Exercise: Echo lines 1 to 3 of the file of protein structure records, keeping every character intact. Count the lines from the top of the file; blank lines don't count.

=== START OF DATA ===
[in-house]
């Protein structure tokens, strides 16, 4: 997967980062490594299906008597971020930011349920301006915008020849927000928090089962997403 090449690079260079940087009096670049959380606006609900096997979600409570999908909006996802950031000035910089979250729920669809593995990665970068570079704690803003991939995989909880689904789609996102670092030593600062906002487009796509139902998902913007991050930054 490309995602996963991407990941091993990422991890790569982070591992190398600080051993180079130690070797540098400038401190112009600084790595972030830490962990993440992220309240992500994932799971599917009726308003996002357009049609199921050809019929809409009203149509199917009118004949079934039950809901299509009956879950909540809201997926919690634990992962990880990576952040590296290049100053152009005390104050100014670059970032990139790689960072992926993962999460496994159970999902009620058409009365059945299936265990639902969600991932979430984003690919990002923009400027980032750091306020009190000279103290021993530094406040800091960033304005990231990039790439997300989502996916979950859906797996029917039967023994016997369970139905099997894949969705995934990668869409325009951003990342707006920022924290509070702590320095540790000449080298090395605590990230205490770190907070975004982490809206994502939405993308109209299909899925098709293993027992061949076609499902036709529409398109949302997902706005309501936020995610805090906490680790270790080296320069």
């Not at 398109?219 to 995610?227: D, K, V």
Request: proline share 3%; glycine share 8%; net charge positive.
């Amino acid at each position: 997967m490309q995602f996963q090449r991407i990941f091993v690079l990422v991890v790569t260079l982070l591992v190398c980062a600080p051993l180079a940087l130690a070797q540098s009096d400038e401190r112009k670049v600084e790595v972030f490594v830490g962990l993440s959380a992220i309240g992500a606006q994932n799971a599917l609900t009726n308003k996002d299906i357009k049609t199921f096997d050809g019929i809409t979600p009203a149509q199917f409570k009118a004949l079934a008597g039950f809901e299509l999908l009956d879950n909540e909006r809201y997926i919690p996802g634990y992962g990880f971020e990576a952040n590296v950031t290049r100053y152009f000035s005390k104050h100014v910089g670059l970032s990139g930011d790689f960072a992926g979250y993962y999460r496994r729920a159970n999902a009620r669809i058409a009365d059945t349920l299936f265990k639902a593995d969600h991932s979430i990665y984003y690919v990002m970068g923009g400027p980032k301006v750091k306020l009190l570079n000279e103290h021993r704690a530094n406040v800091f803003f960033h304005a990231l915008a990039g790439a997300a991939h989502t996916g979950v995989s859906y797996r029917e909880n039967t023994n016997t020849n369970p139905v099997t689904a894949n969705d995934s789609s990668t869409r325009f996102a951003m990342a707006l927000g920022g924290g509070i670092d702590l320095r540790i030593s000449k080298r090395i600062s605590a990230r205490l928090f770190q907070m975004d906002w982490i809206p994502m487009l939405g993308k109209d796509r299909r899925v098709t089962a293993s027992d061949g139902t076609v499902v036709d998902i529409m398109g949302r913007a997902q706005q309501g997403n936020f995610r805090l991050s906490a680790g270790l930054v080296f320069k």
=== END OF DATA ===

[in-house]
């Protein structure tokens, strides 16, 4: 997967980062490594299906008597971020930011349920301006915008020849927000928090089962997403 090449690079260079940087009096670049959380606006609900096997979600409570999908909006996802950031000035910089979250729920669809593995990665970068570079704690803003991939995989909880689904789609996102670092030593600062906002487009796509139902998902913007991050930054 490309995602996963991407990941091993990422991890790569982070591992190398600080051993180079130690070797540098400038401190112009600084790595972030830490962990993440992220309240992500994932799971599917009726308003996002357009049609199921050809019929809409009203149509199917009118004949079934039950809901299509009956879950909540809201997926919690634990992962990880990576952040590296290049100053152009005390104050100014670059970032990139790689960072992926993962999460496994159970999902009620058409009365059945299936265990639902969600991932979430984003690919990002923009400027980032750091306020009190000279103290021993530094406040800091960033304005990231990039790439997300989502996916979950859906797996029917039967023994016997369970139905099997894949969705995934990668869409325009951003990342707006920022924290509070702590320095540790000449080298090395605590990230205490770190907070975004982490809206994502939405993308109209299909899925098709293993027992061949076609499902036709529409398109949302997902706005309501936020995610805090906490680790270790080296320069």
């Not at 398109?219 to 995610?227: D, K, V």